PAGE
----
Highly Evolved

Psychic TV's long-awaited reunion pales in comparison to singer Genesis P-Orridge's odd transformation

"The job of the artist is to suggest the incredible in order for the possible to happen," says Genesis P-Orridge, influential musician, countercultural icon, and -- soon, hopefully -- a completely gender-neutral human being.

A few seconds ago I phoned up P-Orridge's hotel room in Athens, Greece. The whirlwind Psychic TV concert tour of Europe (15 countries, 20 days), the singer and his band's first in almost 10 years, is about to come to a close. And while this is a notable event, there are other issues that threaten to steal the attention.

Jaye Breyer -- aka Lady Jaye, who is in charge of playing the tambourine and triggering samplers for Psychic TV -- answered the phone and giggled slightly when mistaken for P-Orridge, because that's kind of the point. Lady Jaye is married to the musician, and the pair have embarked down an odd road together -- a painful one, involving cosmetic surgery -- that will one day make them appear to be the same person, neither male nor female. The effort officially began on Valentine's Day of last year, when each received breast implants.

Two Less Lonely People: Genesis P-Orridge and 
his/her soon-to-be twin, Lady Jaye.
Two Less Lonely People: Genesis P-Orridge and his/her soon-to-be twin, Lady Jaye.

"We call it pandrogyny," remarks P-Orridge, who prefers the pronoun s/he. "We want to get away from it being about gender, because it's about identity, and ultimately the real issue is the right of every human being to create their own narrative and be the author of the story of their life."

Ever the saucy novelist, P-Orridge is currently writing his most recent chapter, and it's quite the page-turner. It mashes up sex and intrigue beyond recognition, and includes the re-formation of the once very influential industrial rock outfit Psychic TV. But will P-Orridge's latest round of shock tactics breathe new life into his music, or overshadow it completely?

Genesis P-Orridge is famous for being both a musical innovator and, in the words of a former member of the British Parliament, one of the "wreckers of civilisation." He formed the band Throbbing Gristle in the U.K. in 1976 and proceeded to write the prototype for what would evolve into full-throttle industrial music, a term P-Orridge invented with artist-friend Monte Cazazza. Revered throughout Europe and America, Throbbing Gristle experimented with guitars, found-sound constructions, and the new technology of the times, i.e., samplers, influencing everyone from contemporaries like Einstürzende Neubauten to industrial stars of the '80s like Al Jourgensen (Ministry, Revolting Cocks) and Trent Reznor (Nine Inch Nails). Radical visuals were assembled to go with the music right from the beginning; bloody tampons were strewn on the ground at TG's very first gig. Five years after it started, the band imploded amidst growing artistic differences and a love triangle among P-Orridge, guitarist Cosey Fanni Tutti, and keyboardist Chris Carter (the latter two eventually married and started the techno outfit Chris & Cosey). Throbbing Gristle's last performance took place at Kezar Pavilion in San Francisco in 1981.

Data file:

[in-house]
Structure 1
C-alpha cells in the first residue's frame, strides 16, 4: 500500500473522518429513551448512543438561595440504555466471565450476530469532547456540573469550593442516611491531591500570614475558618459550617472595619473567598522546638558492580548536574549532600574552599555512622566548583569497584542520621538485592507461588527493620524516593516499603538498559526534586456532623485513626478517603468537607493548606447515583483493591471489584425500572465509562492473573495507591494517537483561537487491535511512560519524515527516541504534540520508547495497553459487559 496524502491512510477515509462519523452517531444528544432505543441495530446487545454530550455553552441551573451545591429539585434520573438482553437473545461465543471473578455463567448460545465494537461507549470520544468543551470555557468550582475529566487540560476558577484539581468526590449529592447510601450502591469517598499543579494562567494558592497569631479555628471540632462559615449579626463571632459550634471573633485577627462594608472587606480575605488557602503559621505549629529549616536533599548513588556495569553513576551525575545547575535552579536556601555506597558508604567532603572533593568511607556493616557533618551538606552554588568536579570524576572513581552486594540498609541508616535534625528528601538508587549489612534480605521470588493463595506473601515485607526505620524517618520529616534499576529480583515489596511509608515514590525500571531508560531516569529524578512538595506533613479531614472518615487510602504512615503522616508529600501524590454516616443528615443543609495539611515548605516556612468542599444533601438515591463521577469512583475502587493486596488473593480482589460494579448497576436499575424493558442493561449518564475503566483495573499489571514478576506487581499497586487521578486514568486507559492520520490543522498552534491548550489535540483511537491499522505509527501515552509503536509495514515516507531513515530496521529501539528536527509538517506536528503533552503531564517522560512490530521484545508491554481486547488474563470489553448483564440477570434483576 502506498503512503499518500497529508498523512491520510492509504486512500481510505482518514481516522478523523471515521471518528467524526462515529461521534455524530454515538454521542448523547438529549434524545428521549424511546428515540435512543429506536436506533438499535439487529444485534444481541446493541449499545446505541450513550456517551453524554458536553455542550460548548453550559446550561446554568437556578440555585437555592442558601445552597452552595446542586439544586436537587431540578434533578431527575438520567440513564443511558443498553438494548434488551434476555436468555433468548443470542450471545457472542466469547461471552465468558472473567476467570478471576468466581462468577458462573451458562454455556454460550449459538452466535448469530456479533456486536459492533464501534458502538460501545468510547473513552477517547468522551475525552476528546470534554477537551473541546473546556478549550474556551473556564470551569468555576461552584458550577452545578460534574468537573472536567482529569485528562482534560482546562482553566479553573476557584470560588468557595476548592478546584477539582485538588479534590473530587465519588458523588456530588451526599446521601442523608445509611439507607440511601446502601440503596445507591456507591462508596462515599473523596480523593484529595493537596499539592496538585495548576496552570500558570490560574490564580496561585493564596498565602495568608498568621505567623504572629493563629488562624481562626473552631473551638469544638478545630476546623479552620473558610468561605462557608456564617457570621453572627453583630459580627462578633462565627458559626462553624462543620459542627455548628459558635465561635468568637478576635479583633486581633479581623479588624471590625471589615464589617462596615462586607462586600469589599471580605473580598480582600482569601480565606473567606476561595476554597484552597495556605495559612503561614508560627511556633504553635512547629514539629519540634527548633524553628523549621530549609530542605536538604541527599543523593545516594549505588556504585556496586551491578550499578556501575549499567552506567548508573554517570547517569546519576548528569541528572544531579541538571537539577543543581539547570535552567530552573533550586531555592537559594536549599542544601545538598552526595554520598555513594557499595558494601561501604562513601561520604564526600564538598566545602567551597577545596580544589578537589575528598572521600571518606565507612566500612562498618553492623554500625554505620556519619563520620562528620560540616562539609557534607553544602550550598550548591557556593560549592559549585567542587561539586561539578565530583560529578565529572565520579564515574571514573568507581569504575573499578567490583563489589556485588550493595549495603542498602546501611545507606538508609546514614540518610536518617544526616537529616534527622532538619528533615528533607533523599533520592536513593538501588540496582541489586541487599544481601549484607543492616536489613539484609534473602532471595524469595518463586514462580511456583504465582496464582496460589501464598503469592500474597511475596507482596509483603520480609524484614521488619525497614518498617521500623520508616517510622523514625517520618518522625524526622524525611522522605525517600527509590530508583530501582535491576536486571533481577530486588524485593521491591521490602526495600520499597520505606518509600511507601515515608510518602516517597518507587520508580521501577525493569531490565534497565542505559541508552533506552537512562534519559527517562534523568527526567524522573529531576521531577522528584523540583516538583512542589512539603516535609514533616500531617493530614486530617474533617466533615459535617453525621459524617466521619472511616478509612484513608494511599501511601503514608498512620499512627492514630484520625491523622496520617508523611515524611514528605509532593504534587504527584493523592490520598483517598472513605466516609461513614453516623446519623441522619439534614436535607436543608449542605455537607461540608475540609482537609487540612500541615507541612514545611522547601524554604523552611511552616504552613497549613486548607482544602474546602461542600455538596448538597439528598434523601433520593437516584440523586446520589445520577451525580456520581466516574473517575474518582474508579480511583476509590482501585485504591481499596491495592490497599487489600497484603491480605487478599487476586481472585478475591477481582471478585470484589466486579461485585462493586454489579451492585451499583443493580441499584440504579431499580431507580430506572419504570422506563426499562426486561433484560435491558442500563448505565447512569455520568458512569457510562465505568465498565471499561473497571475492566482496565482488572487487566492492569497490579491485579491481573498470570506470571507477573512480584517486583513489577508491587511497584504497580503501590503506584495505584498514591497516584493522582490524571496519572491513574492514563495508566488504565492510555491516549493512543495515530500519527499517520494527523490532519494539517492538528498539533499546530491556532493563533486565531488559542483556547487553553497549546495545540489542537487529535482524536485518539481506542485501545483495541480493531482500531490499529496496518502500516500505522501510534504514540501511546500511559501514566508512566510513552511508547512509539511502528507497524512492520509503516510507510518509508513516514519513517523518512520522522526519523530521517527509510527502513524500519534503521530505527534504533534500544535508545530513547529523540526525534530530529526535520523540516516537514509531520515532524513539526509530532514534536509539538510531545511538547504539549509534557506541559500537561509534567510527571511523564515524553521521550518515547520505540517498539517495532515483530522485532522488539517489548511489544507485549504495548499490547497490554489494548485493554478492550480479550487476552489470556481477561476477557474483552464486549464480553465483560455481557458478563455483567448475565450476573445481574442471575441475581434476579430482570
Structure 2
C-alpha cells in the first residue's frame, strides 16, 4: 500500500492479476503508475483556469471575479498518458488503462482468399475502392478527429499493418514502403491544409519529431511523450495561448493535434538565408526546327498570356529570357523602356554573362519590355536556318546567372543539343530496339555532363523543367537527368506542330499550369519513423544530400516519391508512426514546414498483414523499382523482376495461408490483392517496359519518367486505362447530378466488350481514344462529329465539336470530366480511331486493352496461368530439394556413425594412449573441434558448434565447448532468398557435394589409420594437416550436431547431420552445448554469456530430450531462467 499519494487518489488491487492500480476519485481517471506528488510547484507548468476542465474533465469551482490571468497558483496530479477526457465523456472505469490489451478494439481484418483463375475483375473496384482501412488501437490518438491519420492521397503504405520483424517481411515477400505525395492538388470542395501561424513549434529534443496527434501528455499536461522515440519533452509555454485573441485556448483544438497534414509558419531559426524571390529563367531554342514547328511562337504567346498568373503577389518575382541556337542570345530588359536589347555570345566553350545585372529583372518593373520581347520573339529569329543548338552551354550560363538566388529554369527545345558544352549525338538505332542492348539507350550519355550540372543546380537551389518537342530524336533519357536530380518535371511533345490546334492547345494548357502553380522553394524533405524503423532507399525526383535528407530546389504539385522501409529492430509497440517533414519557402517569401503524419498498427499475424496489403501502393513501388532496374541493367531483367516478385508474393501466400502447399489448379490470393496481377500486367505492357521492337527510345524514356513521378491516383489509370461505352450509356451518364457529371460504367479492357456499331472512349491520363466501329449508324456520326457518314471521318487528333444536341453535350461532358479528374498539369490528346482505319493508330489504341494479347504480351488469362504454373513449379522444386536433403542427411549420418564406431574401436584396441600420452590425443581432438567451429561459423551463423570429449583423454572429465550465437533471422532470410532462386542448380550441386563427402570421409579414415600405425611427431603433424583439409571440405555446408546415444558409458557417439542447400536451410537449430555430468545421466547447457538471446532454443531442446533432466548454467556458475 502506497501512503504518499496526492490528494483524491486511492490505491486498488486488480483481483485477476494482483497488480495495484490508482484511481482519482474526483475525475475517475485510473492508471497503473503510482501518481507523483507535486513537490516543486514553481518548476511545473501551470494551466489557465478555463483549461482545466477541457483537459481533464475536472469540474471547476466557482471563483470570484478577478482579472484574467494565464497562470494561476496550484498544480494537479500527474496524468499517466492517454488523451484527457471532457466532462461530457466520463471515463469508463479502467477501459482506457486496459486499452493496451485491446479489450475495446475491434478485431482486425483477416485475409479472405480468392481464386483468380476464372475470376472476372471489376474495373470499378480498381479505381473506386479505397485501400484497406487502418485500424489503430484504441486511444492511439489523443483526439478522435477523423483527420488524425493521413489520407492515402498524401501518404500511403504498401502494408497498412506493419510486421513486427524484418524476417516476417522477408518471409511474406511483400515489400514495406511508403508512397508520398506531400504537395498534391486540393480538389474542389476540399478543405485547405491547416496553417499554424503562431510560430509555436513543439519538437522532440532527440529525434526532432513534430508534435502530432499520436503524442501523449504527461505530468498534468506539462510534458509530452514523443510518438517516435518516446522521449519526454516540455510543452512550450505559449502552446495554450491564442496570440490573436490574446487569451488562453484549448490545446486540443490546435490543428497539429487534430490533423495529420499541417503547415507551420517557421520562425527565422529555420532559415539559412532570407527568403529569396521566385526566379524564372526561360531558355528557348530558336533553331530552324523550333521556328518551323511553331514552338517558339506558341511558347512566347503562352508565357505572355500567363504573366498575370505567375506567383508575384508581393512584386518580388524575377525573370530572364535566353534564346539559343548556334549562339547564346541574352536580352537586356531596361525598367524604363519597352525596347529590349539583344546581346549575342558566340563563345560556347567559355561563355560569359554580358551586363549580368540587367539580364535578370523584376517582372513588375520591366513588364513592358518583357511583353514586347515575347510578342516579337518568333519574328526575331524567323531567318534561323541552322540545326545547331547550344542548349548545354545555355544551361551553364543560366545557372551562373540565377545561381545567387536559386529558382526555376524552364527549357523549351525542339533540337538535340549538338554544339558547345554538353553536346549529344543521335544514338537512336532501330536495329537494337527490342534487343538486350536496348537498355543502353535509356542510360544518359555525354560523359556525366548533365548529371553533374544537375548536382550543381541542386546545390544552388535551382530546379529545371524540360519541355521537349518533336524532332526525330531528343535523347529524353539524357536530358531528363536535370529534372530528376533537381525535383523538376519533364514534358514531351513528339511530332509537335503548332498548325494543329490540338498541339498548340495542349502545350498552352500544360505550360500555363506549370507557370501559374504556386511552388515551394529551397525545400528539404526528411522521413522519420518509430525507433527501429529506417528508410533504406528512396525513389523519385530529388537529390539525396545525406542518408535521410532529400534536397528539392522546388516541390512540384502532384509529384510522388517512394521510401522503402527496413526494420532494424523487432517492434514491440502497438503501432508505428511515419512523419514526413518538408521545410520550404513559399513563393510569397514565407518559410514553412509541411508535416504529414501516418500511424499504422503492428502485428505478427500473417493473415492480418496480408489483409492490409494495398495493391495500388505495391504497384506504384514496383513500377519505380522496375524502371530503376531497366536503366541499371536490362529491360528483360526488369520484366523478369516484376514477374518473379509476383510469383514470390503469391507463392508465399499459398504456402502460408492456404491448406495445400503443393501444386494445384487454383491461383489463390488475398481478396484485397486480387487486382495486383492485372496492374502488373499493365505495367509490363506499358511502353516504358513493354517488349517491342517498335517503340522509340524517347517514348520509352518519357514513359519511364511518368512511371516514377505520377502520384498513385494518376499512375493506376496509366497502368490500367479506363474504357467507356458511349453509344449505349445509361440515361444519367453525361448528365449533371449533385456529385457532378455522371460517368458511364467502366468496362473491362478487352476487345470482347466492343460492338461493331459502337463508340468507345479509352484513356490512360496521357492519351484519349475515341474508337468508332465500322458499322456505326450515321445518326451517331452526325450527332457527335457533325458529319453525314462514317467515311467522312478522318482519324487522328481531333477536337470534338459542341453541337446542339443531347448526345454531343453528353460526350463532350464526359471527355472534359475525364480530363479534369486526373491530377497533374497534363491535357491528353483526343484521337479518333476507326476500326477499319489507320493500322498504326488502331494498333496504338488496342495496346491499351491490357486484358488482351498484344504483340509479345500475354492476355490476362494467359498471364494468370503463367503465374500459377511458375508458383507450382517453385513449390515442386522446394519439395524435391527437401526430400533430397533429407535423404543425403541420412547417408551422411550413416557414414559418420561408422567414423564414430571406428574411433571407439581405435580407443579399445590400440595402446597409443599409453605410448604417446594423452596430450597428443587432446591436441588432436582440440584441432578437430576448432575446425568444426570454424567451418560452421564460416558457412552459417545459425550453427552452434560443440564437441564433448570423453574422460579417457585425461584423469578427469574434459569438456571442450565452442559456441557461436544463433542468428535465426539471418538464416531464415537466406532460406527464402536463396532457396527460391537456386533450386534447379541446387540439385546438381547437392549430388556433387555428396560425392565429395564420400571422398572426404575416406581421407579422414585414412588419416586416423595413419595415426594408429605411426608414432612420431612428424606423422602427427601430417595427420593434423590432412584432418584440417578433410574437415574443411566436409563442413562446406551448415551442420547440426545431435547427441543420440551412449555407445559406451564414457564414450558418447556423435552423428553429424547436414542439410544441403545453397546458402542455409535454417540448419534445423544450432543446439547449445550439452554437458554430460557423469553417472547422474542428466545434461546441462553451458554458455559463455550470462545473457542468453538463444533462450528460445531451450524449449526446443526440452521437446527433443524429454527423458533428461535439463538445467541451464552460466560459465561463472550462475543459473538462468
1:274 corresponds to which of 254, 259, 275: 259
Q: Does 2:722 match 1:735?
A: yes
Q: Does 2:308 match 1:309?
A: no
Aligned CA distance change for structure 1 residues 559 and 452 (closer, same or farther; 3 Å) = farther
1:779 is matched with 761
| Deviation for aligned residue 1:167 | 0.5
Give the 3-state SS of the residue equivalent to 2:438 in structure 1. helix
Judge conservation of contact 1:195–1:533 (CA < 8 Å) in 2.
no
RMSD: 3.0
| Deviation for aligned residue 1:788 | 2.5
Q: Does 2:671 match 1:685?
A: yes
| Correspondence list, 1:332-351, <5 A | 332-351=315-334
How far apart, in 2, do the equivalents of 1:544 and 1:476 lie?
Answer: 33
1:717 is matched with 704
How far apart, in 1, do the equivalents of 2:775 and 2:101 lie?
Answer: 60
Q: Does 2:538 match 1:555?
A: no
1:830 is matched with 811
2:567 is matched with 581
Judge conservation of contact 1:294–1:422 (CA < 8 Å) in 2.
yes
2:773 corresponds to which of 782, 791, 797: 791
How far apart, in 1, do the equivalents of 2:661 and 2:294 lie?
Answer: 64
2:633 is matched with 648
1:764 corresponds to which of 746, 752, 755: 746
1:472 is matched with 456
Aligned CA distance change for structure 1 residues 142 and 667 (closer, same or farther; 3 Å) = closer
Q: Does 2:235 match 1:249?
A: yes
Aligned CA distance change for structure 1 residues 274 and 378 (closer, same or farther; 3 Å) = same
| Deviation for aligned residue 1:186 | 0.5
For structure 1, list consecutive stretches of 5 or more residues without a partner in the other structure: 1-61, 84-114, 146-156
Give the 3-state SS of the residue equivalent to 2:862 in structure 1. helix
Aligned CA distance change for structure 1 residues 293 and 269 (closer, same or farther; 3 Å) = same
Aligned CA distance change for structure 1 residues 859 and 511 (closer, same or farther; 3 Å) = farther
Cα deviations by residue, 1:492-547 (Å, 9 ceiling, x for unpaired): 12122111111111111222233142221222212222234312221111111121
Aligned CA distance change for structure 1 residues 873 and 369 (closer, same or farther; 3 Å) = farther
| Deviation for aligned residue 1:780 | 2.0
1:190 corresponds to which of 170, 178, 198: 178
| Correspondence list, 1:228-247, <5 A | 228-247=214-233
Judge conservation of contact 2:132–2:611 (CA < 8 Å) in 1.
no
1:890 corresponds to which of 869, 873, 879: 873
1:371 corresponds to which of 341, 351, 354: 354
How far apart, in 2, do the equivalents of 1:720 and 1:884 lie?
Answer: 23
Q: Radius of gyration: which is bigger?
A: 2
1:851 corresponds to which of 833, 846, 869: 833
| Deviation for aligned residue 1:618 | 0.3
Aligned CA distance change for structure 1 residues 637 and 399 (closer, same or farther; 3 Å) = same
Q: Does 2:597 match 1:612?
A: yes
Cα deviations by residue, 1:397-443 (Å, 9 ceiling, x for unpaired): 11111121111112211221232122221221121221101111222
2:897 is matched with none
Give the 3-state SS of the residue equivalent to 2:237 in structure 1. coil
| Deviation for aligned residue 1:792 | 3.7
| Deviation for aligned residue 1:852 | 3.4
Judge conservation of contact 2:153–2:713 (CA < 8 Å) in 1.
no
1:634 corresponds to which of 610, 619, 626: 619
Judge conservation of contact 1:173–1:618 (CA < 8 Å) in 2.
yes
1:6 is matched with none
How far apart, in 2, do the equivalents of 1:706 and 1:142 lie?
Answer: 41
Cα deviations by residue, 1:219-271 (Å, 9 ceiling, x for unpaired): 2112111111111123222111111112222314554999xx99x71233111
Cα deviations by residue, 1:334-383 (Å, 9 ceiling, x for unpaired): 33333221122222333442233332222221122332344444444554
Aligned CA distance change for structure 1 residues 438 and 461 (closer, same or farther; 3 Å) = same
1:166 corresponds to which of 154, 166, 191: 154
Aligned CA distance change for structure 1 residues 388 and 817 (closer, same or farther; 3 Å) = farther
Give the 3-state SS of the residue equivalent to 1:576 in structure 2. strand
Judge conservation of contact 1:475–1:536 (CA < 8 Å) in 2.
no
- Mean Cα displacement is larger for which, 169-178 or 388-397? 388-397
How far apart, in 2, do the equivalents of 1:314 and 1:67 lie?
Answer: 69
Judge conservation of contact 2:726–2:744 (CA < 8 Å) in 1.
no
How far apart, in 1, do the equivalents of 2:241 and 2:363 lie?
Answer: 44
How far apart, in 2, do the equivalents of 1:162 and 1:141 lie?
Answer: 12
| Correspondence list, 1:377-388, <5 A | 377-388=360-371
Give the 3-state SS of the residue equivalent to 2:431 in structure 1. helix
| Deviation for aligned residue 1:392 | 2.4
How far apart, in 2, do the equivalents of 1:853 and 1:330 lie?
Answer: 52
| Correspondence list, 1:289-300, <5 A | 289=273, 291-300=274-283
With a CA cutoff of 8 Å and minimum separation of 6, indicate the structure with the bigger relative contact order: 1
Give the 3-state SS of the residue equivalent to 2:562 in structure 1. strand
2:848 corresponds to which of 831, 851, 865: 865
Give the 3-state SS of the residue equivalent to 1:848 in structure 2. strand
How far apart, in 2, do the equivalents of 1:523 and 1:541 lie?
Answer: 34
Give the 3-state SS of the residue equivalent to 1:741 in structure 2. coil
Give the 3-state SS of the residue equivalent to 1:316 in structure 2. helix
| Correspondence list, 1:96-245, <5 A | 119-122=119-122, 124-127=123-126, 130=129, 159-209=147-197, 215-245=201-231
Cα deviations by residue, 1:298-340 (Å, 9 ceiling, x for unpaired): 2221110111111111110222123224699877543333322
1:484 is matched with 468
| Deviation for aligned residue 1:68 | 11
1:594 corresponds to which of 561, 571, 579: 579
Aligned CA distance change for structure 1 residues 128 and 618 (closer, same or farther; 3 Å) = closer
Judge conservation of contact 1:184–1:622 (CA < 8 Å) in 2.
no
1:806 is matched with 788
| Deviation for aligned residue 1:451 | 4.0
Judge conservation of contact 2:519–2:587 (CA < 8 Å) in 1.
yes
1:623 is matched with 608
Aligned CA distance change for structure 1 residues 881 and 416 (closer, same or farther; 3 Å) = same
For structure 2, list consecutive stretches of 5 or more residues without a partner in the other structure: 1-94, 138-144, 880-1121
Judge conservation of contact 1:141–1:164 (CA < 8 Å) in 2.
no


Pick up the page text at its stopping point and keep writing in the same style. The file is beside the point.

P-Orridge's second major musical endeavor, Psychic TV, was formed less than a year after TG's demise, but really came into its own in the late '80s, during the formative years of the British rave scene, when it interfaced rock guitars with the burgeoning house and techno sounds of the day. Choosing quantity over quality, the band was honored in the Guinness Book of World Records for releasing 14 albums in 18 months. Live performances were known for being highly unpredictable, with a near absence of structure short of P-Orridge singing and guiding a communal freak show that dissolved the line between audience and performer. The band grew into a sort of Grateful Dead for ravers, eventually moving its home base to the Bay Area.

Living in Marin County for a few years in the early '90s, Psychic TV became a fixture in the lively, rapidly growing local rave scene, playing all-night hallucinogenic freakouts and helping San Francisco get back in touch with its Merry Prankster side. The band itself has been relatively silent since those times. But P-Orridge, now based in Brooklyn, decided to revive it this year (as PTV3 to reflect a third incarnation of members) to counteract what he calls a new "Dark Ages" enshrouding the world. Psychic TV's return is marked by both a tour and a "director's cut" rerelease of 1986's Godstar, an acid-rock soundtrack to a proposed movie about late Rolling Stones founder Brian Jones, the fallen icon whose sexy androgyny helped get some gears turning in P-Orridge's head in the early '60s, when he was still a schoolboy called Neil Megson.

So Psychic TV and all its grand ambitions are back, but there's now a significant difference: Genesis P-Orridge is no longer a man. Setting off for Europe, the band was unsure how this would be received. Thankfully, longtime fans have so far been receptive.

"We've had people, like, a thousand or whatever boys that dress in black ... if you just saw them in the street you'd think, 'Pretty macho male-oriented persona,'" says P-Orridge. "And then not one person has said anything other than a supportive or encouraging word to me. ... It's just, 'That's Gen. Gen is the voice of thoughts, Gen is not the body,' which is the whole point. And I am so much more optimistic about the human species in general to realize how tolerant people can be and that we're helping to create a very sort of pro-different, pro-transgender, pro-gay sexuality strategy and have it be taken as completely reasonable."

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